Treehouse, the learn-to-code company, is now offering business and startup education courses in addition to its library of programming courses.
The new material will cover topics essential to the startup community, such as how to raise funding from venture capitalists, how to do basic search engine optimization, how to price and sell a product, and how to do small-business accounting.
In short, the company thinks that programmers at startups — even non-founder programmers — should have an idea of how a business works. This basic understanding makes the employee (or founder) more well rounded and allows her to make better contributions to the whole organization, likely increasing said organization’s overall chance of success.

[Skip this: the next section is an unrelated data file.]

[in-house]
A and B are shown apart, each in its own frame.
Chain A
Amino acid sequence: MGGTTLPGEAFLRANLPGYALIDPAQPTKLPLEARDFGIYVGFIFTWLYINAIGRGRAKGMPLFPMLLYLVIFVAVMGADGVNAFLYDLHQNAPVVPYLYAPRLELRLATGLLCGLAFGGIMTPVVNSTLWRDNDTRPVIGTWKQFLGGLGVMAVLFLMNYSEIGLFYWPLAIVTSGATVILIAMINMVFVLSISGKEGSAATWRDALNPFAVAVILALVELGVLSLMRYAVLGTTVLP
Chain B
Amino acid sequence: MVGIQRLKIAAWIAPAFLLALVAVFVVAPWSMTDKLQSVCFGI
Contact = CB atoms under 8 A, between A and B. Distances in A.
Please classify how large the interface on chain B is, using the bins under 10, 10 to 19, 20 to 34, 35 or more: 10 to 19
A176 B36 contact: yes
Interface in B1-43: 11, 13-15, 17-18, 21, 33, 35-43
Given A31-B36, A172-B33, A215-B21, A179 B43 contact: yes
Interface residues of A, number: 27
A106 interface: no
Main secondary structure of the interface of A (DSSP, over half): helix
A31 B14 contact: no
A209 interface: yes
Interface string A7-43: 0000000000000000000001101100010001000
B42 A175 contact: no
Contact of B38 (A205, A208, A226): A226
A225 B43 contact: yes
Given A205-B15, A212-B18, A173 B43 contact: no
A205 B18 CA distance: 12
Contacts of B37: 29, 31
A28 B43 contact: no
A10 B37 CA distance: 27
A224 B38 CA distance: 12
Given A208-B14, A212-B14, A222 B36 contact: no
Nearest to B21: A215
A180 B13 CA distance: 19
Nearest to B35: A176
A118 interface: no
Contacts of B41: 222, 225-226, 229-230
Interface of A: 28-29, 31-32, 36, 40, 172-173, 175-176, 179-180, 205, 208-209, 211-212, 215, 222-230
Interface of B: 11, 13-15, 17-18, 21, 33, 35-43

Each business course from Treehouse comes with a series of short instructional videos and a few quizzes. For a good idea of Treehouse’s video quality, check out this “quick tip” from the business series on using a specific productivity technique:
Treehouse started out teaching web users how to build basic websites in HTML, adding courses on PHP, jQuery, and WordPress development throughout last year.
In recent months, the company inked a book deal to expand its offerings to other formats and also started bringing its instruction into high schools where a coding education could make a big difference for at-risk teenagers.
While a small cadre of promising startups are teaching folks to code online, we find Treehouse’s breadth — breadth of instruction topics, of format, of audience — to be a unique aspect that sets it apart from its worthy competitors. Its $25-$50 monthly pricing structure is not for everyone (competitor Codecademy‘s online courses are free of charge), but this company continues to do interesting things that stand to benefit not only its customers but also the startup community as a whole.
Mobile developer or publisher? VentureBeat is studying mobile marketing automation.
Fill out our 5-minute survey
, and we'll share the data with you.